Billions of pounds have been promised to all kinds of workers, from self-employed plumbers to marketing professionals. However, one group has been left behind.
Private landlords do not fall into any of the rescue packages launched by the Government. They do not have an employer who can furlough them but are generally not considered to be self-employed for the purposes of the grant scheme for freelancers either. So, if your rental income dries up – tough luck, is the official message.
Buy-to-let owners are able to take a three-month break on their mortgages, but this is little help for the one in three who own their properties outright. Some are also dealing with confused tenants who have stopped paying rent while others are struggling to visit their properties to perform vital maintenance work.
Landlords have already been knocked back by a number of heavy blows. Their profits have been gradually eroded by stamp duty changes and the tapering away of tax-relief on their mortgages.
Many had already been considering packing in and selling up: but now it’s crunch time. According to one estimate, 80,000 landlords may be forced to quit the sector following coronavirus. This will hurt tenants too and could spark a sharp downturn in house prices.
With official support severely lacking, landlords must step in to protect themselves from the financial impact of coronavirus. Here are four ways they can do so:
1. Speak to your tenants immediately so they are aware of their rent obligations. If they are unable to pay encourage them to seek government support such as claiming Universal Credit. If you agree to a payment holiday with tenants make sure to get this in writing and make them aware this is merely a deferral of the payment – not cancelling it entirely.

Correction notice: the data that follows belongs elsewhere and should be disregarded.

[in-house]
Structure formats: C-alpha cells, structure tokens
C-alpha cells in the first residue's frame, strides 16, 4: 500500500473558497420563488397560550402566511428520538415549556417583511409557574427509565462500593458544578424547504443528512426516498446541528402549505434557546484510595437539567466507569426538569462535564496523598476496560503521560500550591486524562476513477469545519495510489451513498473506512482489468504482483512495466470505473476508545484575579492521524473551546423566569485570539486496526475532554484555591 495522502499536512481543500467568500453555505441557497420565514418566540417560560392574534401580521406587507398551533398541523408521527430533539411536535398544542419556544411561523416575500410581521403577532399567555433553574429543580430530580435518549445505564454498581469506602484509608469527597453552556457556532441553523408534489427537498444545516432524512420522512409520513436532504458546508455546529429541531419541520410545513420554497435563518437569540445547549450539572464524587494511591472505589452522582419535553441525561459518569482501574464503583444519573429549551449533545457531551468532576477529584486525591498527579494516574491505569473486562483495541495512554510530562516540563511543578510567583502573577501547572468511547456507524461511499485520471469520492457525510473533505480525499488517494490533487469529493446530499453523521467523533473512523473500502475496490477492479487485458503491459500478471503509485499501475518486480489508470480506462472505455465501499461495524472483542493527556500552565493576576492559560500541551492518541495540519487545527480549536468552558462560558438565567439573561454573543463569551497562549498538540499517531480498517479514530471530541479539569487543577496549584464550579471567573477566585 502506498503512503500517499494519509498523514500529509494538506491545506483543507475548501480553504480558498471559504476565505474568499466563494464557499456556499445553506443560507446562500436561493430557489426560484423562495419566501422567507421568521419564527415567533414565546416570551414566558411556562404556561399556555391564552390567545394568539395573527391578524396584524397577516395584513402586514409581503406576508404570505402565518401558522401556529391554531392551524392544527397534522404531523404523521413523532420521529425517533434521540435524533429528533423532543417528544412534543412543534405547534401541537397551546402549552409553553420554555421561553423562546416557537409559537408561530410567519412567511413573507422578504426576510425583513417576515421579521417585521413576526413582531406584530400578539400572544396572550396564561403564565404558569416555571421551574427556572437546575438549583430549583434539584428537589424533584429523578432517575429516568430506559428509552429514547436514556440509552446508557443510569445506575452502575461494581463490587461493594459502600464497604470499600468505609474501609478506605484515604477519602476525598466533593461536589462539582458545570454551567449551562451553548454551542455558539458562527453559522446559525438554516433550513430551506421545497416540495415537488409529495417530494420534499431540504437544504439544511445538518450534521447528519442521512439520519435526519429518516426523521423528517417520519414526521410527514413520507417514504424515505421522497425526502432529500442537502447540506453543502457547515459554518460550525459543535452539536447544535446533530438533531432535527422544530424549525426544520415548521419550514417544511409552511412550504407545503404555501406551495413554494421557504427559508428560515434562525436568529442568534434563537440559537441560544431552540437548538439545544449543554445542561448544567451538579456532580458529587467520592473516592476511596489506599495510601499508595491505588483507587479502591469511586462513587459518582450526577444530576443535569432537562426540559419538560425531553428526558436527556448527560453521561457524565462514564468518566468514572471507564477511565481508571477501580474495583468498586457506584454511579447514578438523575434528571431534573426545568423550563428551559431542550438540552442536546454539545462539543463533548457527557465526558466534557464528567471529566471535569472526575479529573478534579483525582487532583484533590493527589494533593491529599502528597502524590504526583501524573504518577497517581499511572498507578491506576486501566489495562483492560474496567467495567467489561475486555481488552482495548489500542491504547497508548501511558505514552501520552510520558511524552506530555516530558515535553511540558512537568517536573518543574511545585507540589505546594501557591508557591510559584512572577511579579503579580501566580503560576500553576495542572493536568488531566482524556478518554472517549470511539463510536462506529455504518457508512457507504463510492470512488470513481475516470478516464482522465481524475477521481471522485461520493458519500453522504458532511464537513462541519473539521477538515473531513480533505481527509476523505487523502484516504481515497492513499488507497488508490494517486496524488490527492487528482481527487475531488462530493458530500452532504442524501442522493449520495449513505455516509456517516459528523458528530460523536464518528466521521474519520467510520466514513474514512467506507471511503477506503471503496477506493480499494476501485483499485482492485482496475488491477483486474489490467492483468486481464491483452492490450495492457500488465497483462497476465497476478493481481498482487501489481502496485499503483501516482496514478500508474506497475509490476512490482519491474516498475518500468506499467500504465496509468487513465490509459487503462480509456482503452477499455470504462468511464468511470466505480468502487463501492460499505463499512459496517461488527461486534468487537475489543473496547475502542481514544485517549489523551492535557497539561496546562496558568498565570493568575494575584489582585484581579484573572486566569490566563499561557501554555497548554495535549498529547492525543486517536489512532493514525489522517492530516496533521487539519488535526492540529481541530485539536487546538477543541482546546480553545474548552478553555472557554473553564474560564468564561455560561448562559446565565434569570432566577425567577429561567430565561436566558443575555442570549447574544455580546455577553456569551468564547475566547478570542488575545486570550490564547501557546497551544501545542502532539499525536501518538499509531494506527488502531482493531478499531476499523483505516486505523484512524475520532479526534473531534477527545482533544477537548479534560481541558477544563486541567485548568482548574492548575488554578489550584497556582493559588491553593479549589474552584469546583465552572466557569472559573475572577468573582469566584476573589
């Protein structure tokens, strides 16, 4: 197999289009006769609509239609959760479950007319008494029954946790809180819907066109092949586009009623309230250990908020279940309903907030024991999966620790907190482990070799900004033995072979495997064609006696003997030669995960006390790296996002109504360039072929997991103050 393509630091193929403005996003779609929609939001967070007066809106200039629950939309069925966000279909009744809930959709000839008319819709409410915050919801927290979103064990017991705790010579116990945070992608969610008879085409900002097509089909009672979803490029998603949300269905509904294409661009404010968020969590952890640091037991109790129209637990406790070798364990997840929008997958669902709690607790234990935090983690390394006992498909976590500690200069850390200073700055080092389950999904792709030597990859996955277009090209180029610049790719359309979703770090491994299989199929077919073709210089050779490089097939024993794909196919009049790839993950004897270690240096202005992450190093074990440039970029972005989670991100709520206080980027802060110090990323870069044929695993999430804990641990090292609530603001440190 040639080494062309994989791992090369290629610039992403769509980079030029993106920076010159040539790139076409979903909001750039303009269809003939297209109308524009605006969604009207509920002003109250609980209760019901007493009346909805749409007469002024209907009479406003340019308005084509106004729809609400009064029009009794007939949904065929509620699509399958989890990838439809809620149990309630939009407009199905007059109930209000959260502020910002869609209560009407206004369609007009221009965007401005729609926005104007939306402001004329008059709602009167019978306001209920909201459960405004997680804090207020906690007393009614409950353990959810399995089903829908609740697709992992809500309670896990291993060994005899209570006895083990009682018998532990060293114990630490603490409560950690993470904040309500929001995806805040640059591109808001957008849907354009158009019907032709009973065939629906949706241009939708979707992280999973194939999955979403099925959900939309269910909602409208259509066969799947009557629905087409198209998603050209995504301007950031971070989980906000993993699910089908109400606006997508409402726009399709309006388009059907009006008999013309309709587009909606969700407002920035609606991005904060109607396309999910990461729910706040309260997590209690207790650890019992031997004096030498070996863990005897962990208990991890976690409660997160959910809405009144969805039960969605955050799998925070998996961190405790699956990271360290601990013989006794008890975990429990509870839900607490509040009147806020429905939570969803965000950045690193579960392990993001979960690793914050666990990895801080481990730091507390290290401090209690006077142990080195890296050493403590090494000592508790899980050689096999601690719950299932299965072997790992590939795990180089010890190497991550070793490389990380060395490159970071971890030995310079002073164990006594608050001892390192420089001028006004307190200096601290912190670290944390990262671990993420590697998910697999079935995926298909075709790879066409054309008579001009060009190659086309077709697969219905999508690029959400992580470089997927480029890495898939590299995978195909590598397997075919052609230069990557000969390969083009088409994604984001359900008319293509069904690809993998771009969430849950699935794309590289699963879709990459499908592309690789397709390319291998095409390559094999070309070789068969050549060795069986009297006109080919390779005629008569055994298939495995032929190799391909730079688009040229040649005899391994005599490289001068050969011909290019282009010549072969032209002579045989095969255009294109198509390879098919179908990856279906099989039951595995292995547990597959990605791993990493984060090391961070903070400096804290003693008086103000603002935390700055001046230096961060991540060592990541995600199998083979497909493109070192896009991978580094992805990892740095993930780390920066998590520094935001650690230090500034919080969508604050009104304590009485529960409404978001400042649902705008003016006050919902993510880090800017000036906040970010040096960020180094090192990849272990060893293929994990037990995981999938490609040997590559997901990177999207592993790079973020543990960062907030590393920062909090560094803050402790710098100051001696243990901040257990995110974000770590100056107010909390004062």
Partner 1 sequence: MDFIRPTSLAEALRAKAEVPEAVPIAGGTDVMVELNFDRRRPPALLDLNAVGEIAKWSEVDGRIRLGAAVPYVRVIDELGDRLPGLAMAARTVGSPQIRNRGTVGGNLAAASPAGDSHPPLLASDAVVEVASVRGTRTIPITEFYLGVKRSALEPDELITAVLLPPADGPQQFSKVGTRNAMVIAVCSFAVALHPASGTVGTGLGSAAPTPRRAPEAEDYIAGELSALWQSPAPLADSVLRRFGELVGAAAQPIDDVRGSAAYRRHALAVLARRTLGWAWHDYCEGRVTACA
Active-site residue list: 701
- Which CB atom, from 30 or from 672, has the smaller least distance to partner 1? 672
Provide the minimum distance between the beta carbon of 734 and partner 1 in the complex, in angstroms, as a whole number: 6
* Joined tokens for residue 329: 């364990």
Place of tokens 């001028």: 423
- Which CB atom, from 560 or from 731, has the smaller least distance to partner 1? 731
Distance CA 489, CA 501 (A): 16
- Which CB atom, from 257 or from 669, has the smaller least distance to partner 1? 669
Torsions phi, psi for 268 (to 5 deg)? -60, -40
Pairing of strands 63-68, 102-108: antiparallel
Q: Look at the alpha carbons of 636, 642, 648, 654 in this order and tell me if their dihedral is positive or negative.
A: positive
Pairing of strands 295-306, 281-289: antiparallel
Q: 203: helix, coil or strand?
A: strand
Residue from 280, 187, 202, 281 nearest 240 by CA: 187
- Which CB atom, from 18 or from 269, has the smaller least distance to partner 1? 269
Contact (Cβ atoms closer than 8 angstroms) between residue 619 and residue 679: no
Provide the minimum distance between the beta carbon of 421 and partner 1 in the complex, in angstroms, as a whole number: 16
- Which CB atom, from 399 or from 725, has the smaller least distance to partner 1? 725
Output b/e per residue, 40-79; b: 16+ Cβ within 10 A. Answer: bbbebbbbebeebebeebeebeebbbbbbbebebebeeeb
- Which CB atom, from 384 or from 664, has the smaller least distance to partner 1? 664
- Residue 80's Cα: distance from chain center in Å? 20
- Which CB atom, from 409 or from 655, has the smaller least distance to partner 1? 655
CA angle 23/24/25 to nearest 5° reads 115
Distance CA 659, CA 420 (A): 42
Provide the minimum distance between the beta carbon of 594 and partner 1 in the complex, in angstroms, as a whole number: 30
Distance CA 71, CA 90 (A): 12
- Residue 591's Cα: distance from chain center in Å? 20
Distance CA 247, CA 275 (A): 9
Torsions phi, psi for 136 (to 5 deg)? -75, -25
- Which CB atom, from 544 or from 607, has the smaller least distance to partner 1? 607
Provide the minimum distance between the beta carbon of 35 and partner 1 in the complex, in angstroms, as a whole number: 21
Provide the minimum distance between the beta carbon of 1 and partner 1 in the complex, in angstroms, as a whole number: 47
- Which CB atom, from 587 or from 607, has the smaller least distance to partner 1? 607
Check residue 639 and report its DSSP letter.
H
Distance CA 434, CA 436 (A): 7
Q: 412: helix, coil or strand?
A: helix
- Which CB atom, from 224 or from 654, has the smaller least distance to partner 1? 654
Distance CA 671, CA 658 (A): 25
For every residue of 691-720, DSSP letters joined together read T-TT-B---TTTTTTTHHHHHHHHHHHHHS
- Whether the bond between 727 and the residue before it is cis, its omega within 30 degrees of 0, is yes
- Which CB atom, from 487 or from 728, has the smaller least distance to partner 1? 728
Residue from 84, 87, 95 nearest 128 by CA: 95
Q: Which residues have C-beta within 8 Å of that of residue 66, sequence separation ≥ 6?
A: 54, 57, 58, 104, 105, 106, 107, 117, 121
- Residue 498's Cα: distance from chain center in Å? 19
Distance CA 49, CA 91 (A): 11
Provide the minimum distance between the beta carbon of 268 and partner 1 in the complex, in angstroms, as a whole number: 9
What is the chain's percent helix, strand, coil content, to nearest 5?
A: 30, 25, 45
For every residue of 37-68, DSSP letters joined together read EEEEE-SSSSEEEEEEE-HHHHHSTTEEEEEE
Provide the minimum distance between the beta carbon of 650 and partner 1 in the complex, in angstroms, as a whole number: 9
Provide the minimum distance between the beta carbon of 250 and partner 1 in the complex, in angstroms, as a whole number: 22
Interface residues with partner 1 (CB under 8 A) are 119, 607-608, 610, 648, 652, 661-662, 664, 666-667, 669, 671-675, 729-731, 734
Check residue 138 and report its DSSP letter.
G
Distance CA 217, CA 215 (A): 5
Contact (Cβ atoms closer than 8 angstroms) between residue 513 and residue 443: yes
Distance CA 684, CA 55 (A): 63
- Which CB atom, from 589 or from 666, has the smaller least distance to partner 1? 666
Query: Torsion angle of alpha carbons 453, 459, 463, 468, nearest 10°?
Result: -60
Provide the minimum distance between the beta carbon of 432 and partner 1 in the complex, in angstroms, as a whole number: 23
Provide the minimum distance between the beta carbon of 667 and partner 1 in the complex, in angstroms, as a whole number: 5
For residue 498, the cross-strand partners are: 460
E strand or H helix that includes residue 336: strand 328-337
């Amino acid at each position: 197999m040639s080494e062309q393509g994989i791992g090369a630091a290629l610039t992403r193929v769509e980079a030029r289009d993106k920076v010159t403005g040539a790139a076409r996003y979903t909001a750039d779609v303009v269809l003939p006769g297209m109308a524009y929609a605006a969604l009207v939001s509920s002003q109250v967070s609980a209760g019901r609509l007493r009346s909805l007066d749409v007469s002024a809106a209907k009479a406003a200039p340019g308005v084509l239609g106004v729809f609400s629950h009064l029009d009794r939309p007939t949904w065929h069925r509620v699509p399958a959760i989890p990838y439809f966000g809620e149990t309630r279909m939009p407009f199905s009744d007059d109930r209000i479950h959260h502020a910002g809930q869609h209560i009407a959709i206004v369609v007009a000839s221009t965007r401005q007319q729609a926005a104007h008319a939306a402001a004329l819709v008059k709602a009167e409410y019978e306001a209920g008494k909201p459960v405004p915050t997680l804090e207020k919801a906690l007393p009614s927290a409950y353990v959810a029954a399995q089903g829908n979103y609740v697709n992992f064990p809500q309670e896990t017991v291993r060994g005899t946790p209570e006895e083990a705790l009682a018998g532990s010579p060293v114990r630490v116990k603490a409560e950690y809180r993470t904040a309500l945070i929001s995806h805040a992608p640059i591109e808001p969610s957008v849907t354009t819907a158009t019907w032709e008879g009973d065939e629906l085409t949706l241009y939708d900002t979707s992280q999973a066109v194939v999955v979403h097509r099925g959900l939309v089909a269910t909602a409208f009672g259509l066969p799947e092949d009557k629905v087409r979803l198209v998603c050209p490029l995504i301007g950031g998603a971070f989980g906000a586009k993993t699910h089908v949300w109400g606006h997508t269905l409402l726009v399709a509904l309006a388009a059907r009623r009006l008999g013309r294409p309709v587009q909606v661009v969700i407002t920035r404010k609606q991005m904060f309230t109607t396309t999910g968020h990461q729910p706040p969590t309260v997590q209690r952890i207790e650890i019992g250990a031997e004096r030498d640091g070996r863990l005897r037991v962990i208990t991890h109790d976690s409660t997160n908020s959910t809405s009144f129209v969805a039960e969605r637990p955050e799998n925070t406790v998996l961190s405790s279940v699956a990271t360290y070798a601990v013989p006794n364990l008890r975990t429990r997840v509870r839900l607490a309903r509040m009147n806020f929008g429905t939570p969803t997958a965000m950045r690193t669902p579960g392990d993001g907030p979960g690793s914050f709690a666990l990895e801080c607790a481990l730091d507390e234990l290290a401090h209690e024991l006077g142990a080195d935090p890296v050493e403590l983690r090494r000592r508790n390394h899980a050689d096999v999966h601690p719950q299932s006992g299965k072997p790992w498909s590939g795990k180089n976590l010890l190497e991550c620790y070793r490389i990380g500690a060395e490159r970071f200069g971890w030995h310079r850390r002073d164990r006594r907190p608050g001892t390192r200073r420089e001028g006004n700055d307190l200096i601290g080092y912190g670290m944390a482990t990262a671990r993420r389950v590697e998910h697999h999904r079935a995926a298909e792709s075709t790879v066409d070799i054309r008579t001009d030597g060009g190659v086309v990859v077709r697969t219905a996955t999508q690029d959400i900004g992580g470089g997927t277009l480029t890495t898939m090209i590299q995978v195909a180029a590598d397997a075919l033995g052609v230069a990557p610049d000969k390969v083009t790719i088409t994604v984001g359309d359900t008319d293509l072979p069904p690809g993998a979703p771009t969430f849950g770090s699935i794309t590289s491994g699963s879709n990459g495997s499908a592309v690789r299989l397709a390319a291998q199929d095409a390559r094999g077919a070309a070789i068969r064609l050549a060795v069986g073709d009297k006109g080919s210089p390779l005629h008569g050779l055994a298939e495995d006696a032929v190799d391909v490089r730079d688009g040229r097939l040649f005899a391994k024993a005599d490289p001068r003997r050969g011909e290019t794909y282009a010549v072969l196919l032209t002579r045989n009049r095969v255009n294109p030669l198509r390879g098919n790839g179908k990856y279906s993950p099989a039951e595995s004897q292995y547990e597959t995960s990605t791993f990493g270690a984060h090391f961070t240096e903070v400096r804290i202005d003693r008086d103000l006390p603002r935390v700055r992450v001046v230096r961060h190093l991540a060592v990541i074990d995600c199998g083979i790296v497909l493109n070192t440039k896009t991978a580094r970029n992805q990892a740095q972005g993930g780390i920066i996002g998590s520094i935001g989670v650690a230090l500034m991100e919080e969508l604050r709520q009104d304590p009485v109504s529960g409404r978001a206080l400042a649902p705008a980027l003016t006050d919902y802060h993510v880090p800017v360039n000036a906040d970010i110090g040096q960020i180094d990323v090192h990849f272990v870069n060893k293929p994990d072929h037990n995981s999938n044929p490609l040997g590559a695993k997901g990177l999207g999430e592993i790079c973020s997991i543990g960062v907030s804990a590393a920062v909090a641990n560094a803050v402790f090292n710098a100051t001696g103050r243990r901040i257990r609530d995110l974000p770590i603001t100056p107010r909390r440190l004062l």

2. Try to arrange breaks from your bills, including council tax, gas and electricity – particularly if your property is unoccupied. Some energy suppliers are offering to set up repayment plans for hard-up customers. This should not, in general, affect your credit score.
3. If you think you might need a contractor to visit your property, try to find one as soon as possible as they are in short supply at the moment. You could also consider taking a video of the work that needs doing, or asking your tenant to do so, and sending it to a plumber or electrician for advice. Some are now offering their services virtually.
4. See if you can arrange to delay the payment for your self-assessment tax return. If you contact HM Revenue and Customs you should be able to defer any tax due in July until January 2021.
[Source: Telegraph Money, 22 April 2020]
Want to know more? Get in touch!